Announcing Stack Overflow Documentation

We started with Q&A. Technical documentation is next, and we need your help.

Whether you're a beginner or an experienced developer, you can contribute.

Sign up and start helping → Learn more about Documentation →

I'm trying to find a string with three possible forms:

ab 10

So far I have managed to create this regular expression,


that works for a text like:

start foo ab 10 end foo.

The problem appears when the searched string is at the beginning or at the end of the text like:

ab 10 end foo.

In this case there is no whitespace at the beginning. So I need to match if the string is at the beginning (or end) of the text, but I have no clue how to do it

Can someone give me a little help?

share|improve this question
up vote 2 down vote accepted

This should fix your problem:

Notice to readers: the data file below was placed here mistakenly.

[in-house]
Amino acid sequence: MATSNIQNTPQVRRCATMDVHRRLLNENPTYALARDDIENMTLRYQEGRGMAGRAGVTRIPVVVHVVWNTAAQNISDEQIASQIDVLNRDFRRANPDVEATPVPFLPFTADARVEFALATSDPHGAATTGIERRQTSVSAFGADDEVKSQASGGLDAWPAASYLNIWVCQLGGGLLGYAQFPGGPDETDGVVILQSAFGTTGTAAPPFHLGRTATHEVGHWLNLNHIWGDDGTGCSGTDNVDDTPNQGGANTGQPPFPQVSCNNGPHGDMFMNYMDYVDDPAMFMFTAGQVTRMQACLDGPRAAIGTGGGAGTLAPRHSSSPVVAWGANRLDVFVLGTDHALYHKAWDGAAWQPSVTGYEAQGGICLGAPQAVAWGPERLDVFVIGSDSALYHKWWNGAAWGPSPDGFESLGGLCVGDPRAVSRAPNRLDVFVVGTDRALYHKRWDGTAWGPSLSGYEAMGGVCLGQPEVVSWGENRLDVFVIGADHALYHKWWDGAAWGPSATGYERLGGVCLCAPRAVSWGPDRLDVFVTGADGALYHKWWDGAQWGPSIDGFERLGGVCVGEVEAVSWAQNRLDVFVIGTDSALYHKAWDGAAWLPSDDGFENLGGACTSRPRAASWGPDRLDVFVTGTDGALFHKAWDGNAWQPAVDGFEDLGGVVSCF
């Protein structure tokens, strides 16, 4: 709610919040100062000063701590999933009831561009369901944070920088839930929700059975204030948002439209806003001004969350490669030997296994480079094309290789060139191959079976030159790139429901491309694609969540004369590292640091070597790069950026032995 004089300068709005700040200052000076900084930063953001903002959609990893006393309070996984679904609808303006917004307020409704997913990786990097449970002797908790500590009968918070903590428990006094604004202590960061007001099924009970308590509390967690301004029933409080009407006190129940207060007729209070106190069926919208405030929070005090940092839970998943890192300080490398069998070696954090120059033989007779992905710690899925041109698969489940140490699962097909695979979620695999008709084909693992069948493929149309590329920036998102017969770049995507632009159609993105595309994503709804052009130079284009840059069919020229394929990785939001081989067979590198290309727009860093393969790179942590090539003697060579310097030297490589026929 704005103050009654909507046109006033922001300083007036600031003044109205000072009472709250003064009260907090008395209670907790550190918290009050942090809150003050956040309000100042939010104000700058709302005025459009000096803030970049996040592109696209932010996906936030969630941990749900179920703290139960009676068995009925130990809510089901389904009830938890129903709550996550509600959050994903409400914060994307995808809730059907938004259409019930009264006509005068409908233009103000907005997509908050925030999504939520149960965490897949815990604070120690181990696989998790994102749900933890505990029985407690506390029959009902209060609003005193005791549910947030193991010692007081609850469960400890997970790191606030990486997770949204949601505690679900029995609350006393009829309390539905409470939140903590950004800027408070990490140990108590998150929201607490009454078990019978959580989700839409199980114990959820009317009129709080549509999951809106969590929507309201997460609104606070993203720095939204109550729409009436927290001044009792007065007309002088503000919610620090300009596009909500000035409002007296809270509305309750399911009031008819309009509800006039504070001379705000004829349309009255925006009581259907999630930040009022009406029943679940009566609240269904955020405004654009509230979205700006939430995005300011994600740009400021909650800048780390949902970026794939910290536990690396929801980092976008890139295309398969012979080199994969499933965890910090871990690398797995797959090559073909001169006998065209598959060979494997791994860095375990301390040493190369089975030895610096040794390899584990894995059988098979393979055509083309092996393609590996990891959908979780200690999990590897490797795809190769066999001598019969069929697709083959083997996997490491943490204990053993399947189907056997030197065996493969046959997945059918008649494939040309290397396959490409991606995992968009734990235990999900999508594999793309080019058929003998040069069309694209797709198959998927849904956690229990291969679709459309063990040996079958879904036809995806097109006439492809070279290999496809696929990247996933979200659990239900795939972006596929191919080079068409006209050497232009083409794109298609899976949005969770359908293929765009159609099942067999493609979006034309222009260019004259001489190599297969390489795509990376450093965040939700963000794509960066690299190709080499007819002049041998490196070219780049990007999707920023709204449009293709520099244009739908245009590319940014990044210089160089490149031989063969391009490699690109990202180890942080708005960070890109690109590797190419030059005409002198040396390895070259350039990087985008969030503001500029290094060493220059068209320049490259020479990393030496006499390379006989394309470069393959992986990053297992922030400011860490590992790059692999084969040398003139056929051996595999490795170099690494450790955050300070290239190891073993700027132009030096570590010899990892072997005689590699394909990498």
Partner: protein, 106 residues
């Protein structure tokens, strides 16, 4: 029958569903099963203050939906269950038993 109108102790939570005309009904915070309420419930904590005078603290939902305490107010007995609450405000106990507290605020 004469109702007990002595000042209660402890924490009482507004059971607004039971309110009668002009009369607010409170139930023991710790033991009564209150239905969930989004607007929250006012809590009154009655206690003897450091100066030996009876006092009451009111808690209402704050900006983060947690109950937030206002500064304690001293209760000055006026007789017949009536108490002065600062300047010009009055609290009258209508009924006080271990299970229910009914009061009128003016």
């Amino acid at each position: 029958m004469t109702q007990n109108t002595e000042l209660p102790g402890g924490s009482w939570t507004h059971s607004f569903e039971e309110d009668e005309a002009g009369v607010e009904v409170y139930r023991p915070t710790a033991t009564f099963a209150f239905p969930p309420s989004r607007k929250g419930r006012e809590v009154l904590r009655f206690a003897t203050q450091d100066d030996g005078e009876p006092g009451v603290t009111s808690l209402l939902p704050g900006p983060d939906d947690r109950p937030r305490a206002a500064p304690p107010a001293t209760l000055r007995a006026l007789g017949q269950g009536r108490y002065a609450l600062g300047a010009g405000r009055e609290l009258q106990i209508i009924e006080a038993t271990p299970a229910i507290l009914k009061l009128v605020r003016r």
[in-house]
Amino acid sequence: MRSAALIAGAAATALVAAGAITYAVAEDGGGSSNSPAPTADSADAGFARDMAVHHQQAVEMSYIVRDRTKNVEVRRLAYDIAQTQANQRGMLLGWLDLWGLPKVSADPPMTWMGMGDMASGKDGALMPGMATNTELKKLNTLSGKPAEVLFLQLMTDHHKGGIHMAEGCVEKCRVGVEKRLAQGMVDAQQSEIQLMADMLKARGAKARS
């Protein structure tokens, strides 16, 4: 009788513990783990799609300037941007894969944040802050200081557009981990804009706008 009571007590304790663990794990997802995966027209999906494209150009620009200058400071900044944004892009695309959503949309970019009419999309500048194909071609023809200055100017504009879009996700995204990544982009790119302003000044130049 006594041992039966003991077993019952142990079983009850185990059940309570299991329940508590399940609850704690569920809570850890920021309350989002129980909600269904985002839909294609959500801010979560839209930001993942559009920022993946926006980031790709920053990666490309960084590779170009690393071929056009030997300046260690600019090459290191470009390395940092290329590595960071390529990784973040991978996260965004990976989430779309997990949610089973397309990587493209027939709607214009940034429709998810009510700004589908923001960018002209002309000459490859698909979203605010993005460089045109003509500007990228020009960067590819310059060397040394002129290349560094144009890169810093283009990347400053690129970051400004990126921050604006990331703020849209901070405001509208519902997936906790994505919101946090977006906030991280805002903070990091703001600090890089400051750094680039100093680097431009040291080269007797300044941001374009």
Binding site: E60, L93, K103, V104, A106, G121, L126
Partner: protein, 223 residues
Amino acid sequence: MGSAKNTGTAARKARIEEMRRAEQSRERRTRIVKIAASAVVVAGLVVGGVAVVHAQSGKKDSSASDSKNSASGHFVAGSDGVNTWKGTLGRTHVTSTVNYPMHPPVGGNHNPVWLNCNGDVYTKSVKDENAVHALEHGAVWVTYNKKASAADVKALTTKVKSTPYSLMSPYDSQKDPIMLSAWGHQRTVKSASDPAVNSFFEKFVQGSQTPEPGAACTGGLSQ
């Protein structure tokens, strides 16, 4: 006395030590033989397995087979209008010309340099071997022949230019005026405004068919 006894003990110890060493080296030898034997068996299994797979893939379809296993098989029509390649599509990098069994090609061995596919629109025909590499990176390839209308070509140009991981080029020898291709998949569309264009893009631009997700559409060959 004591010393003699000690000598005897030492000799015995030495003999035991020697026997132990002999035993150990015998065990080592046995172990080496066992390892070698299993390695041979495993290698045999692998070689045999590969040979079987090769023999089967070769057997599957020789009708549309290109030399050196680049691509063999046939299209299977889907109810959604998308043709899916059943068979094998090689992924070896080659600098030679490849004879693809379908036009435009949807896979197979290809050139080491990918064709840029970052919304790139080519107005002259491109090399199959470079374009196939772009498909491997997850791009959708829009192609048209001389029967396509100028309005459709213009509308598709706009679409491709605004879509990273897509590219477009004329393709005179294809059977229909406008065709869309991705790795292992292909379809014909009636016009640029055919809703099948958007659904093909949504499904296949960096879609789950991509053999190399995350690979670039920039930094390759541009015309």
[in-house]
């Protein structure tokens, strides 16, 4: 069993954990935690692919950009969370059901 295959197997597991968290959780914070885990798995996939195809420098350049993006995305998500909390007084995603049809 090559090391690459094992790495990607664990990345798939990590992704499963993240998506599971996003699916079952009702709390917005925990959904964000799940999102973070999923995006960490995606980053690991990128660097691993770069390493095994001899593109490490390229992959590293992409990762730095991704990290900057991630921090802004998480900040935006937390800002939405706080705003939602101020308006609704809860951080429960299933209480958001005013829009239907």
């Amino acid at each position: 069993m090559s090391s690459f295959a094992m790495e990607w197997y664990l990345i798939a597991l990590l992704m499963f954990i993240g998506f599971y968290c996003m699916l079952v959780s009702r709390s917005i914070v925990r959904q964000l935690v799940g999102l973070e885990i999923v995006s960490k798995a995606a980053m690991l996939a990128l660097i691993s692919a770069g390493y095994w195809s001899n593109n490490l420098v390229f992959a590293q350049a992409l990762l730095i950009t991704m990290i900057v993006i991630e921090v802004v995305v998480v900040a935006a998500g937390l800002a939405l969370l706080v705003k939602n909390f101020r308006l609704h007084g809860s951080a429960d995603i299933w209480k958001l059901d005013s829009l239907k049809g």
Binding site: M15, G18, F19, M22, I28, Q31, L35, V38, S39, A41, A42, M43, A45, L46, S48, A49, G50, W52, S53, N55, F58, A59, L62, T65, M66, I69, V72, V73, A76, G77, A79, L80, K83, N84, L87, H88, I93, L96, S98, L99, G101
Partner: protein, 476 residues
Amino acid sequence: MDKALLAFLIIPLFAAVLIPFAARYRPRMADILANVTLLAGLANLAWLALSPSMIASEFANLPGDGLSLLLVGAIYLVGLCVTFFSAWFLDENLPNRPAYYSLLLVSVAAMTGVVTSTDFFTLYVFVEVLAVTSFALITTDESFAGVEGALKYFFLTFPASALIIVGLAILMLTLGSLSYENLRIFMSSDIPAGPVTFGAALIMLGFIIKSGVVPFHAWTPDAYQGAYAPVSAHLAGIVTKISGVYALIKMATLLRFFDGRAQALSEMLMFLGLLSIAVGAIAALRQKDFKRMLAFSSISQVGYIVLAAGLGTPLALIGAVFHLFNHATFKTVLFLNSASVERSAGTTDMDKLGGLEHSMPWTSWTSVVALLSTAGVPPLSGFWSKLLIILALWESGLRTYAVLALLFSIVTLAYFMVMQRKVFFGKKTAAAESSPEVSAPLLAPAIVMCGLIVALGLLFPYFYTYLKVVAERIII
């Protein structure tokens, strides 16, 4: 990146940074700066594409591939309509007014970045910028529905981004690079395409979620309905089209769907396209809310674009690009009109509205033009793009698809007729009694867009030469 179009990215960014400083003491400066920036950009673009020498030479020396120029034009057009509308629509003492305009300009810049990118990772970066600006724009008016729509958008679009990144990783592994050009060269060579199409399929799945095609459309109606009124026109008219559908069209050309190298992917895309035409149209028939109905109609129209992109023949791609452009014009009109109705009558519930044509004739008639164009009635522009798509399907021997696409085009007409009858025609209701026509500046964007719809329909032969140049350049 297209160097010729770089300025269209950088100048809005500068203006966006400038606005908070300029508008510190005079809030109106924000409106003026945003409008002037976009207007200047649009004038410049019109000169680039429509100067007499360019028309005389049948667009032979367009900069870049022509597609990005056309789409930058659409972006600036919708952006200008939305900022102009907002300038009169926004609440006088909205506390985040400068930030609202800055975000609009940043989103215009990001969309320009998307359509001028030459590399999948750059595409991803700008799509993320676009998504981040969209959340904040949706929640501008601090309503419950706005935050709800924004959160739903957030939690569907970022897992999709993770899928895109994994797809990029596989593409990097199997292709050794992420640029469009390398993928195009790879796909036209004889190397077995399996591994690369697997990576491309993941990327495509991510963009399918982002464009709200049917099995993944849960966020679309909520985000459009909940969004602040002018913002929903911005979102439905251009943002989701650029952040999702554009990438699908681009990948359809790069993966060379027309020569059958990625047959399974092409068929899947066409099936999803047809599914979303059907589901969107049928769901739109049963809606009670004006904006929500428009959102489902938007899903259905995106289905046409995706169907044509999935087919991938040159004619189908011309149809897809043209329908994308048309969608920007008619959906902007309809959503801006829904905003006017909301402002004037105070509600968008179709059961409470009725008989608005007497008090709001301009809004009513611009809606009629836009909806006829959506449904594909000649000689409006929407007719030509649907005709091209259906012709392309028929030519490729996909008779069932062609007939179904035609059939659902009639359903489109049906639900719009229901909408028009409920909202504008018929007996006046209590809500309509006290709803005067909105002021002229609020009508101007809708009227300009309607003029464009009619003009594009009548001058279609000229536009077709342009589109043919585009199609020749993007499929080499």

\b means word boundary, and it asserts that one side (either before or after the current position) is non-word character and the other side is word character (word character as defined by \w).

Note that if you have a string like #ab10., then ab10 will still be matched. But _ab10 will give no match because _ is a word character.

In case you want to assert that the character before and after the string you want to search has to be whitespace character (as defined by \s), OR start/end of the line. I employ the use of look-behind and look-ahead zero-width assertion.


The regex above will not find any match in #ab10. or ab10.

share|improve this answer
perfect, thanks – stef Nov 21 '12 at 12:46

I think you want word boundaries \b


See it here on Regexr

That matches now, when there is not a word character before and not a word character following.

A word character is a member of the predefined character class \w that are letters, digits and the underscore.

share|improve this answer
yes, boundary I was looking for, thanks – stef Nov 21 '12 at 12:49

Your Answer


By posting your answer, you agree to the privacy policy and terms of service.

Not the answer you're looking for? Browse other questions tagged or ask your own question.